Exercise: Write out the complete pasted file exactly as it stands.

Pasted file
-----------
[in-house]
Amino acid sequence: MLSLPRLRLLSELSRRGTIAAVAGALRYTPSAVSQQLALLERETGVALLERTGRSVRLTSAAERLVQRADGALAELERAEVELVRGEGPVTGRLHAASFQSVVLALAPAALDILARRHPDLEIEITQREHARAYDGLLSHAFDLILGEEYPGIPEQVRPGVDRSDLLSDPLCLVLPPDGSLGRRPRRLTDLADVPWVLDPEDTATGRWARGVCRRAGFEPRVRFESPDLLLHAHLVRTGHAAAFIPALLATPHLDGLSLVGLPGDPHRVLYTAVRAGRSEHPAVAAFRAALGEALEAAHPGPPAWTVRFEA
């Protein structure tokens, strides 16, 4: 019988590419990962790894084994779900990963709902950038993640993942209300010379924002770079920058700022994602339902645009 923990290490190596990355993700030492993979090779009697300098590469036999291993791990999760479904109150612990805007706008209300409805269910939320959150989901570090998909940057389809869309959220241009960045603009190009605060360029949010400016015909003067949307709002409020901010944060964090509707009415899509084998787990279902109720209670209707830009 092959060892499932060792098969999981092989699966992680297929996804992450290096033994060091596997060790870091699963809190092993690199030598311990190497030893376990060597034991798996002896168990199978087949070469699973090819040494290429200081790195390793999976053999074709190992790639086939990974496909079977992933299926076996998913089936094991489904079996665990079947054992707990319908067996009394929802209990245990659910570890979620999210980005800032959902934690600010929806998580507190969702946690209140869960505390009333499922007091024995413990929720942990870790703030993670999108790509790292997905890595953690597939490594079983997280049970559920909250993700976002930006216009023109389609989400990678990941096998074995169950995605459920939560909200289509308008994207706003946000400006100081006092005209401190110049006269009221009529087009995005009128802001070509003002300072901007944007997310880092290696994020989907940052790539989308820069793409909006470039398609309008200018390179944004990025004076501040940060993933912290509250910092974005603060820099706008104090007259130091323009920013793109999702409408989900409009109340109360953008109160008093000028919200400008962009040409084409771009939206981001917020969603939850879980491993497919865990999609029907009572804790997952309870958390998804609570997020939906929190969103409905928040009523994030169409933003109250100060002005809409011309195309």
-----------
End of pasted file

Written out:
[in-house]
Amino acid sequence: MLSLPRLRLLSELSRRGTIAAVAGALRYTPSAVSQQLALLERETGVALLERTGRSVRLTSAAERLVQRADGALAELERAEVELVRGEGPVTGRLHAASFQSVVLALAPAALDILARRHPDLEIEITQREHARAYDGLLSHAFDLILGEEYPGIPEQVRPGVDRSDLLSDPLCLVLPPDGSLGRRPRRLTDLADVPWVLDPEDTATGRWARGVCRRAGFEPRVRFESPDLLLHAHLVRTGHAAAFIPALLATPHLDGLSLVGLPGDPHRVLYTAVRAGRSEHPAVAAFRAALGEALEAAHPGPPAWTVRFEA
């Protein structure tokens, strides 16, 4: 019988590419990962790894084994779900990963709902950038993640993942209300010379924002770079920058700022994602339902645009 923990290490190596990355993700030492993979090779009697300098590469036999291993791990999760479904109150612990805007706008209300409805269910939320959150989901570090998909940057389809869309959220241009960045603009190009605060360029949010400016015909003067949307709002409020901010944060964090509707009415899509084998787990279902109720209670209707830009 092959060892499932060792098969999981092989699966992680297929996804992450290096033994060091596997060790870091699963809190092993690199030598311990190497030893376990060597034991798996002896168990199978087949070469699973090819040494290429200081790195390793999976053999074709190992790639086939990974496909079977992933299926076996998913089936094991489904079996665990079947054992707990319908067996009394929802209990245990659910570890979620999210980005800032959902934690600010929806998580507190969702946690209140869960505390009333499922007091024995413990929720942990870790703030993670999108790509790292997905890595953690597939490594079983997280049970559920909250993700976002930006216009023109389609989400990678990941096998074995169950995605459920939560909200289509308008994207706003946000400006100081006092005209401190110049006269009221009529087009995005009128802001070509003002300072901007944007997310880092290696994020989907940052790539989308820069793409909006470039398609309008200018390179944004990025004076501040940060993933912290509250910092974005603060820099706008104090007259130091323009920013793109999702409408989900409009109340109360953008109160008093000028919200400008962009040409084409771009939206981001917020969603939850879980491993497919865990999609029907009572804790997952309870958390998804609570997020939906929190969103409905928040009523994030169409933003109250100060002005809409011309195309």